Government delegations on Wednesday met at COP26 to discuss expanding the international technology collaboration to implement Article 10 of the Paris Agreement, which would see more funds flow to developing nations to help them access low-carbon technologies.
Nations including Japan, the US, Korea, Germany and Spain announced funding commitments to support the work of the UN Climate Technology Centre and Network (CTCN), the implementation arm of the Technology Mechanism.
The meeting, hosted by the UK COP Presidency and the Danish and Chilean governments, focused on supporting developing countries to access technologies for both low-carbon and climate-resilient development. Government representatives discussed the need to prepare the necessary policy and regulatory foundations to support widespread technology innovation and deployment in developing countries.
Building the capacity of skilled workforces to install and maintain green technologies was also highlighted as a key priority.
“Better technologies in developing countries will be crucial to fulfilling climate change commitments. The CTCN, as the implementation arm of the Convention’s Technology Mechanism, will be central to facilitating the development and deployment of such transformative climate technologies,” said UN Environment Programme (UNEP) executive director, Inger Andersen.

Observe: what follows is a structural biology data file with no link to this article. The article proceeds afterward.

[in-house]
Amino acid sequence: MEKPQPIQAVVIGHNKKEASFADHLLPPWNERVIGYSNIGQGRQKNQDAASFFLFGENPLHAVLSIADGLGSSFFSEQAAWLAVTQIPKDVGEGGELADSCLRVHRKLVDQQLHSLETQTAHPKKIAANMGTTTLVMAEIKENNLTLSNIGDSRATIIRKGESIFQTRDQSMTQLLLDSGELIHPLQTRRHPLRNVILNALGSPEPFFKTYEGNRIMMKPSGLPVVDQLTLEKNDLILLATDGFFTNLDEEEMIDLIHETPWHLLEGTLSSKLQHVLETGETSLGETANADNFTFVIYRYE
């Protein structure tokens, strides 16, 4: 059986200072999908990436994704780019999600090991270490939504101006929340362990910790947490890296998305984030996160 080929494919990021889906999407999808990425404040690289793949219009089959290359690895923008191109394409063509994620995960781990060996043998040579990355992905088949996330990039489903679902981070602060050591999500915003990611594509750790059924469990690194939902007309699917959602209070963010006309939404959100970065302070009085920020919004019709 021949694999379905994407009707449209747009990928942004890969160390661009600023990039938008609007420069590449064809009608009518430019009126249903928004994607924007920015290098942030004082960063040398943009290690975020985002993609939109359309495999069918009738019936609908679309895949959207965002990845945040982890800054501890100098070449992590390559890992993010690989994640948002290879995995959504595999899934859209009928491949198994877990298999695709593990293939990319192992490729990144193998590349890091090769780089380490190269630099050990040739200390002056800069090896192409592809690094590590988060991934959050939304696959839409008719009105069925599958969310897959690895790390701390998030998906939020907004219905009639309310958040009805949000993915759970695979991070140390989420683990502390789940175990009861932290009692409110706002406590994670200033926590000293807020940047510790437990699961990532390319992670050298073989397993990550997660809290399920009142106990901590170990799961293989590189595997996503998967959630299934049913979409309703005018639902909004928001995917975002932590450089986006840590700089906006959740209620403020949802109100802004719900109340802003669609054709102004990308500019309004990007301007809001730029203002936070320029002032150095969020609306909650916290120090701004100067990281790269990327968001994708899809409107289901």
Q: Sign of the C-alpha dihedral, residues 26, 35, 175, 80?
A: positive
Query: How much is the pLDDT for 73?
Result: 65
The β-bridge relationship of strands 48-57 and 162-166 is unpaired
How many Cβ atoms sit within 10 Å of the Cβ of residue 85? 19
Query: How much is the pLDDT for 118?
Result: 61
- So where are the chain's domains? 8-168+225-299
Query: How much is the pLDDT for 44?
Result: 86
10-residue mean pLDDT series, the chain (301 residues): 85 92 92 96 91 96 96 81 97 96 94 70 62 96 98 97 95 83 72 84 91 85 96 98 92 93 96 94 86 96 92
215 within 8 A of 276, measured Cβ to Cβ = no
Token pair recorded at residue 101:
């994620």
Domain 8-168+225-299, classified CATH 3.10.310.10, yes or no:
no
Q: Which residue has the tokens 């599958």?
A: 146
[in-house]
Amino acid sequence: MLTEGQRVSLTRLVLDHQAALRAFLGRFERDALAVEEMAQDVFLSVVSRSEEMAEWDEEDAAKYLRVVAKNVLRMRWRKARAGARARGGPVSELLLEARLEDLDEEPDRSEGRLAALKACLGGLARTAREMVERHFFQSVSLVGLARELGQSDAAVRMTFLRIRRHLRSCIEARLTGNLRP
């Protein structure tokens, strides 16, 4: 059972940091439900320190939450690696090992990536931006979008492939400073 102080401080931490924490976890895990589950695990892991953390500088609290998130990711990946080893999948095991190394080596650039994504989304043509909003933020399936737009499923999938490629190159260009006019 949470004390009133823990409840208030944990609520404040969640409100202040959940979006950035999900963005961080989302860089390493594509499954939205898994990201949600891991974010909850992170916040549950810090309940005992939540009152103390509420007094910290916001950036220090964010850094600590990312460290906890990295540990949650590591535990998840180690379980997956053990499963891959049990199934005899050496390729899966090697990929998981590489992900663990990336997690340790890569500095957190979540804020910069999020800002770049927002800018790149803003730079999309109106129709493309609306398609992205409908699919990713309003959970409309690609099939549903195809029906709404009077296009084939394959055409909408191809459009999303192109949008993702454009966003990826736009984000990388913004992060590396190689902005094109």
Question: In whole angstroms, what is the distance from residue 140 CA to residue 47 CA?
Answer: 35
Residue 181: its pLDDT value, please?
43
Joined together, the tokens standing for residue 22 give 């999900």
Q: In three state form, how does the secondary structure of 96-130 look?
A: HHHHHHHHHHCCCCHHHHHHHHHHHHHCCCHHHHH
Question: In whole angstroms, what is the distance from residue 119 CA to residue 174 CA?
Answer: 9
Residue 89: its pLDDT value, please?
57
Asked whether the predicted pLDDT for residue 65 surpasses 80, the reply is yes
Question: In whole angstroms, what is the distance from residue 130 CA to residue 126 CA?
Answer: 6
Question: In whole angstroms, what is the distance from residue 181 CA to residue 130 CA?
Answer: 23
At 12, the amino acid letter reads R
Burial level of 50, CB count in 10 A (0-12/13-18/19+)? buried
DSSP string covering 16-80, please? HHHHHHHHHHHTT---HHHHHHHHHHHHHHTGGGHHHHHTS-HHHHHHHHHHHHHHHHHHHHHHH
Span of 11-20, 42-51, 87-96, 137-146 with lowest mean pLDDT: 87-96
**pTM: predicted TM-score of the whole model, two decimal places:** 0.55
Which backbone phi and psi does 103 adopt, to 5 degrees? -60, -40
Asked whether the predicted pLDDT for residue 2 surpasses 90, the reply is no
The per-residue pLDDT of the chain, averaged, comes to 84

“However, we have so far only tapped into a fraction of the CTCN’s potential. At this critical juncture for climate action, the global community can do a lot of good by strengthening the Technology Mechanism, as climate technology development and transfer offer tremendous opportunities for low-emission growth and resilient societies.”
The European Commission has historically been the largest donor to the CTCN while Germany, Korea and Japan on Wednesday all pledged further funds to the initiative.
“As important negotiations take place at COP26 to act and engage in a new impetus to address the fight against climate change, solutions on technology development and transfer will be of major importance,” said Elina Bardram, Head of the International policies Unit, Directorate General for Climate for the European Commission.
She encouraged further donors, including multilateral development banks and the private sector, to contribute.
“By helping to deploy technology in developing countries - at the rapid speed and massive scale that is urgently needed - the CTCN plays a critical role in supporting our collective ability to achieve the Paris Agreement's goals,” commented Deputy Special Envoy for Climate Jonathan Pershing.
Article 10 of the Paris Agreement defines the role of technology in addressing climate change and states: “Parties share a long-term vision on the importance of fully realising technology development and transfer in order to improve resilience to climate change and to reduce greenhouse gas emissions.”
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